The Juke Jumpers
Drinking and dancing are trusty companions to rockabilly juke-joint jump blues, and this longtime Fort Worth band is top-notch when they’re cooking on stage. Their 1980s gigs are legendary, and that magic is captured on this live album recorded in December 1987 at the best venue this city’s ever had, Caravan of Dreams. (The club’s sound system at the time was comparable to those used by arena rock bands.) Guitarists Jim Colegrove and Sumter Bruton and the gang are borderline purists, playing jump blues in the manner in which it was intended, the way most modern-day musicians don’t understand and can’t imitate. However, that allegiance to a classic sound tends to date them, and younger listeners might be tempted to call this “old people’s music,” as one of this newspaper’s former receptionists would describe anything resembling blues or swing. There’s a reason that most modern bands don’t attempt this stuff — it’s too damned difficult, disciplined, and synchronized and doesn’t work with overdriven amps and Stevie Ray Vaughan licks played through wah-wah pedals.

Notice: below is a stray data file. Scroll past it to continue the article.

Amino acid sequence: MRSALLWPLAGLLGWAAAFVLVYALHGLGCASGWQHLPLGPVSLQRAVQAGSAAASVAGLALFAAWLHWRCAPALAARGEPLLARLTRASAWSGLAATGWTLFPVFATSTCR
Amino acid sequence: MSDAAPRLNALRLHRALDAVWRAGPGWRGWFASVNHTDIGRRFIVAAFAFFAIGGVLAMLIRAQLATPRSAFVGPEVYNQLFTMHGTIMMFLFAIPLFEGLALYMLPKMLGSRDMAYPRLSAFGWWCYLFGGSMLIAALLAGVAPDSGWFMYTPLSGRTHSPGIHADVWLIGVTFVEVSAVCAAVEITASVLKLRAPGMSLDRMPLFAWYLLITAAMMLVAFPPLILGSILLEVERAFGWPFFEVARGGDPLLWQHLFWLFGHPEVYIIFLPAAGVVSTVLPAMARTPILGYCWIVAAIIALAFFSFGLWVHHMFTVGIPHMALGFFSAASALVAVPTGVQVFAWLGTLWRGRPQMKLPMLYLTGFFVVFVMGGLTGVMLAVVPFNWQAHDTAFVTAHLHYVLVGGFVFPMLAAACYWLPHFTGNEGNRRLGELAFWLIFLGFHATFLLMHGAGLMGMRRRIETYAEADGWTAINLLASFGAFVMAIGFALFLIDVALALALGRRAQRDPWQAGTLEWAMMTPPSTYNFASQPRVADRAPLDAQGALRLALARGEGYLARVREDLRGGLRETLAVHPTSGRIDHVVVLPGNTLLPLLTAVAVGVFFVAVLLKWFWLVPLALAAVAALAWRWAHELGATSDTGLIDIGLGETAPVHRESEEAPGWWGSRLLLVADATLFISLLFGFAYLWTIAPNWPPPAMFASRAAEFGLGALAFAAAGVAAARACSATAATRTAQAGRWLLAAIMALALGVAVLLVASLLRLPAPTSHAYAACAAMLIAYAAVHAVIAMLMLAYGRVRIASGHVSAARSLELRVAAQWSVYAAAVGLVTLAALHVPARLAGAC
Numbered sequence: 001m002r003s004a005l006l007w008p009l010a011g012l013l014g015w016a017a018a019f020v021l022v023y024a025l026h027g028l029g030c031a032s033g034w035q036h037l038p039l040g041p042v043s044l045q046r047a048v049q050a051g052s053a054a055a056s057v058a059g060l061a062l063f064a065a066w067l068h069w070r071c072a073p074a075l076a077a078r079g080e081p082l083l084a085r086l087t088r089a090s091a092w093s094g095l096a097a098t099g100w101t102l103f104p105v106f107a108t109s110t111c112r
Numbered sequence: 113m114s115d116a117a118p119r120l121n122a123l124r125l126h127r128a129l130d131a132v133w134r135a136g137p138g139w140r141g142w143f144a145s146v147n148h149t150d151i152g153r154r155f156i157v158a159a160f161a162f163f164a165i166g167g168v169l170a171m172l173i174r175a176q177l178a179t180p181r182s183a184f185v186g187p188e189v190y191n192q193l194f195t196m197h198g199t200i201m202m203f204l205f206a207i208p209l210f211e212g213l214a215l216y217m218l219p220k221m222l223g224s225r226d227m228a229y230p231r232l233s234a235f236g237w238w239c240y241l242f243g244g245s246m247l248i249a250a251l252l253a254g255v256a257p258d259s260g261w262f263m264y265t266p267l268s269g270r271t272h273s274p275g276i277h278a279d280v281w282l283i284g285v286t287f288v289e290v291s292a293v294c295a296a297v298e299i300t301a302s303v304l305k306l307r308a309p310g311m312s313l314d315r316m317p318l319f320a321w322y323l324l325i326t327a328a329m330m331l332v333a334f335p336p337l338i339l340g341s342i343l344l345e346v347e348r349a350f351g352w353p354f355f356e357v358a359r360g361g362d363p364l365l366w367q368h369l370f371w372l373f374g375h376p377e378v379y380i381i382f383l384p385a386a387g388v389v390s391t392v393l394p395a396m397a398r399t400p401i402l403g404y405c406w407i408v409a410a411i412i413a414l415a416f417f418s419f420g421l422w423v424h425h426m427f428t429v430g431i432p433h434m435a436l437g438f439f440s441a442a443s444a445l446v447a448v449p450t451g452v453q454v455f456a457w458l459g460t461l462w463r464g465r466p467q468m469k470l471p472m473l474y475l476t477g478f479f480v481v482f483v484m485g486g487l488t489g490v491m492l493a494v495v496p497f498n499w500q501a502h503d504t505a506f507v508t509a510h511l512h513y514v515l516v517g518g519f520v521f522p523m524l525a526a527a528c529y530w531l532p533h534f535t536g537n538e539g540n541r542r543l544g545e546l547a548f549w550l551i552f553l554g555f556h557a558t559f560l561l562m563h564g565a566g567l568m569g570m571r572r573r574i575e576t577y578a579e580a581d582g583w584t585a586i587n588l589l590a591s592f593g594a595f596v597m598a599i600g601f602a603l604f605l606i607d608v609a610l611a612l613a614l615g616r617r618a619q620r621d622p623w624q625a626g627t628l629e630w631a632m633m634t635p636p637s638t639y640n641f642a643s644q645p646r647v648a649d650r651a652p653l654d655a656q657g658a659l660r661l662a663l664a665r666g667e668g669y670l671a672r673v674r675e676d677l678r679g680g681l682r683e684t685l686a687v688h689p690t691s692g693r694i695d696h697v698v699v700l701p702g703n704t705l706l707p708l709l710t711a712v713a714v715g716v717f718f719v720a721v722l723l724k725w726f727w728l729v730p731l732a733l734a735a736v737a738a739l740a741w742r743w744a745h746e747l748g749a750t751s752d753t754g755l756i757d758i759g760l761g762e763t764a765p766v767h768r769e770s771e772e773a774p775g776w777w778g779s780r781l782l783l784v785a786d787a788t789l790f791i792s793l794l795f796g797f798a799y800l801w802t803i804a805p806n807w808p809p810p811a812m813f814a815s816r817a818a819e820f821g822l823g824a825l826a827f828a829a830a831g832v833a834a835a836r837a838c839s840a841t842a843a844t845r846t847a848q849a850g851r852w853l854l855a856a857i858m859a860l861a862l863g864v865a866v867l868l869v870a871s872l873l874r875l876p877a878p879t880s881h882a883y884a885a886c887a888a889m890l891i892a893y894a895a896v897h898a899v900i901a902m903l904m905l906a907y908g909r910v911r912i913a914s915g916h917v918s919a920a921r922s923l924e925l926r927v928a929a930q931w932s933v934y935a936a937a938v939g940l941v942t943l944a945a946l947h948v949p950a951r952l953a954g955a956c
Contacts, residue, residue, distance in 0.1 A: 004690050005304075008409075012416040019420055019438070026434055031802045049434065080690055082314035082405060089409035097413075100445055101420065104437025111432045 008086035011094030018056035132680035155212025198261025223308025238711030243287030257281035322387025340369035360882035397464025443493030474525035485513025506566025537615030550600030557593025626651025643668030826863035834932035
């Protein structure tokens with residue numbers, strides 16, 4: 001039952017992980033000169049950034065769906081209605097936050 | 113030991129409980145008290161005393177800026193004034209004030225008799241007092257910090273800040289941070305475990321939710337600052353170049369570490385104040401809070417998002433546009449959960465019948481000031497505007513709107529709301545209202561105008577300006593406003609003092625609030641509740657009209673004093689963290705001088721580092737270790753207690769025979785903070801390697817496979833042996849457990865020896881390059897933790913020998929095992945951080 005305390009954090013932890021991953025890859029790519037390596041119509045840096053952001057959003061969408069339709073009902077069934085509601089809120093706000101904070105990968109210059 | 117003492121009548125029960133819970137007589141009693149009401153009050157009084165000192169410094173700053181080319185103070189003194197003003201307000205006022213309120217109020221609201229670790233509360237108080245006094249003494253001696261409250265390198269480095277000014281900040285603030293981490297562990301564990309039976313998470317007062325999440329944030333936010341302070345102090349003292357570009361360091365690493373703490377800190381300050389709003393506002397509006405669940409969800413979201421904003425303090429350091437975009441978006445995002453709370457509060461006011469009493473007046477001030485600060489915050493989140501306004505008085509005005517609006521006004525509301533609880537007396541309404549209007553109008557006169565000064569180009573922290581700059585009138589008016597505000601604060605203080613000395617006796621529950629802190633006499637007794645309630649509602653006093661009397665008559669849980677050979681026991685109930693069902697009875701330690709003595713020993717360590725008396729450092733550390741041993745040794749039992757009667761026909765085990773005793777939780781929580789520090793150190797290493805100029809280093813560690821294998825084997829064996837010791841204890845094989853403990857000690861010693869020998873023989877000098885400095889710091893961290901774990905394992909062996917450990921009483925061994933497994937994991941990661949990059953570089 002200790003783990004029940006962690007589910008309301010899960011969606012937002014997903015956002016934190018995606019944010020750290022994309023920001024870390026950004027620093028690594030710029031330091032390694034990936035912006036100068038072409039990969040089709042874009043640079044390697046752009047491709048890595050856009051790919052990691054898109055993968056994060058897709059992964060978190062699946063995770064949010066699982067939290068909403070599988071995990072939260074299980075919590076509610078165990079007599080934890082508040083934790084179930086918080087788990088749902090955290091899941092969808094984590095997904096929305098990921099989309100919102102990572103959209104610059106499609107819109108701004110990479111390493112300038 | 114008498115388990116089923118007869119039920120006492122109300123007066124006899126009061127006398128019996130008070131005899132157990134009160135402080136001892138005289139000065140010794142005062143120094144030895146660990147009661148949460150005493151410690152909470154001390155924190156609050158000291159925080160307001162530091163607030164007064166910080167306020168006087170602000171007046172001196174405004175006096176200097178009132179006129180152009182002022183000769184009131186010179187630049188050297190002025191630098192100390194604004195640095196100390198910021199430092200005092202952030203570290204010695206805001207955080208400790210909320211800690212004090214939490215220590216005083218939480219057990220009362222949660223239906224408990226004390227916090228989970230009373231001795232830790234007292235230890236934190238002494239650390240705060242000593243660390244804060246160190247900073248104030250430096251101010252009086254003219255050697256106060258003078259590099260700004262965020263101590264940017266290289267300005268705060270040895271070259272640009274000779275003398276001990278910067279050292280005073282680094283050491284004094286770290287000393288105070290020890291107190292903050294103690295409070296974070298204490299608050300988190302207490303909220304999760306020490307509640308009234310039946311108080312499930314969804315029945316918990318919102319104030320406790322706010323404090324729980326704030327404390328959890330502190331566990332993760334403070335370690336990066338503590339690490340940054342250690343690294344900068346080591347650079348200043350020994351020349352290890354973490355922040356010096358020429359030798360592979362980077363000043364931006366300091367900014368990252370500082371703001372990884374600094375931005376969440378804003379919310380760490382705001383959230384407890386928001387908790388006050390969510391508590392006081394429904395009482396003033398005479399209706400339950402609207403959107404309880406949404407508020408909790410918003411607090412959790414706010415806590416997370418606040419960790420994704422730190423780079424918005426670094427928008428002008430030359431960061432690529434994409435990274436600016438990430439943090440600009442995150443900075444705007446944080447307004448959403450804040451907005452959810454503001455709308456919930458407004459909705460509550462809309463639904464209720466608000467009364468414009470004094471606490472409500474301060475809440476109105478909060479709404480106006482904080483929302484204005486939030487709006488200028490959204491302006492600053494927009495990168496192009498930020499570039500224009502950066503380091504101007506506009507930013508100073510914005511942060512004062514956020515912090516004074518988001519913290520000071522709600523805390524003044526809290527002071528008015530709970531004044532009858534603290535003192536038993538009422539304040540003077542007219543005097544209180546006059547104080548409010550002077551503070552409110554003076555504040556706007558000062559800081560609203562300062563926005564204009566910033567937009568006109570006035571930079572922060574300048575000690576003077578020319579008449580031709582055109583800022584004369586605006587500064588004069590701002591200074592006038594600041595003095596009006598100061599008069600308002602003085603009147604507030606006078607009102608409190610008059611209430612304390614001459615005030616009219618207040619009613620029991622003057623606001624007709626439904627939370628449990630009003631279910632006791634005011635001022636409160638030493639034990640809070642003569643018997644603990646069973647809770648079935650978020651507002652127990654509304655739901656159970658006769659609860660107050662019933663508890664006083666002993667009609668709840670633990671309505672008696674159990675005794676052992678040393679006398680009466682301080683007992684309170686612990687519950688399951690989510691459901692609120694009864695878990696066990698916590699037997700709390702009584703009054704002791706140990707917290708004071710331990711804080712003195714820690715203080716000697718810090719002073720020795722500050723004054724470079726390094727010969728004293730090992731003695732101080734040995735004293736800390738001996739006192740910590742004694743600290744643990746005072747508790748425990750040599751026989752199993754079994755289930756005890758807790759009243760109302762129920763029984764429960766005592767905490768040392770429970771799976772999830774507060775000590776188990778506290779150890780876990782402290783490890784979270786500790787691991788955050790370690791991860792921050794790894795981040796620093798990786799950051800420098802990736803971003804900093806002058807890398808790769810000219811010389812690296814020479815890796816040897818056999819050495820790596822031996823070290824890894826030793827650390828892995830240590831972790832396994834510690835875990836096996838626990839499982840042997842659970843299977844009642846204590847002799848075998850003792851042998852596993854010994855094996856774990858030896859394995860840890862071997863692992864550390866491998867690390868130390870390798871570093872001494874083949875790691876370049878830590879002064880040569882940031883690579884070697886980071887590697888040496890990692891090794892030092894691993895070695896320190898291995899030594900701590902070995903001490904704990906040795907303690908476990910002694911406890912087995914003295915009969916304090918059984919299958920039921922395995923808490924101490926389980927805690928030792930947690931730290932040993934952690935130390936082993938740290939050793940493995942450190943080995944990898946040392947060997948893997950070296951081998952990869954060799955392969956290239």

The Jukes have the old-school style down pat, and On Stage is a toe-tapping treat. Just hearing Rene Ozuna’s tenor sax solo on “Long Distance Call” is worth the price of the CD, but gold nuggets are sprinkled liberally throughout — Colegrove’s adventurous slide guitar, Bruton’s funky passing chords, Robert Harwell’s own saxophone excursions, and Craig Simecheck’s aggressive piano pounding. The band reunites once in a blue moon, including August at J&J Blues Bar, but On Stage provides a solid taste of what all the fuss was about back in the day.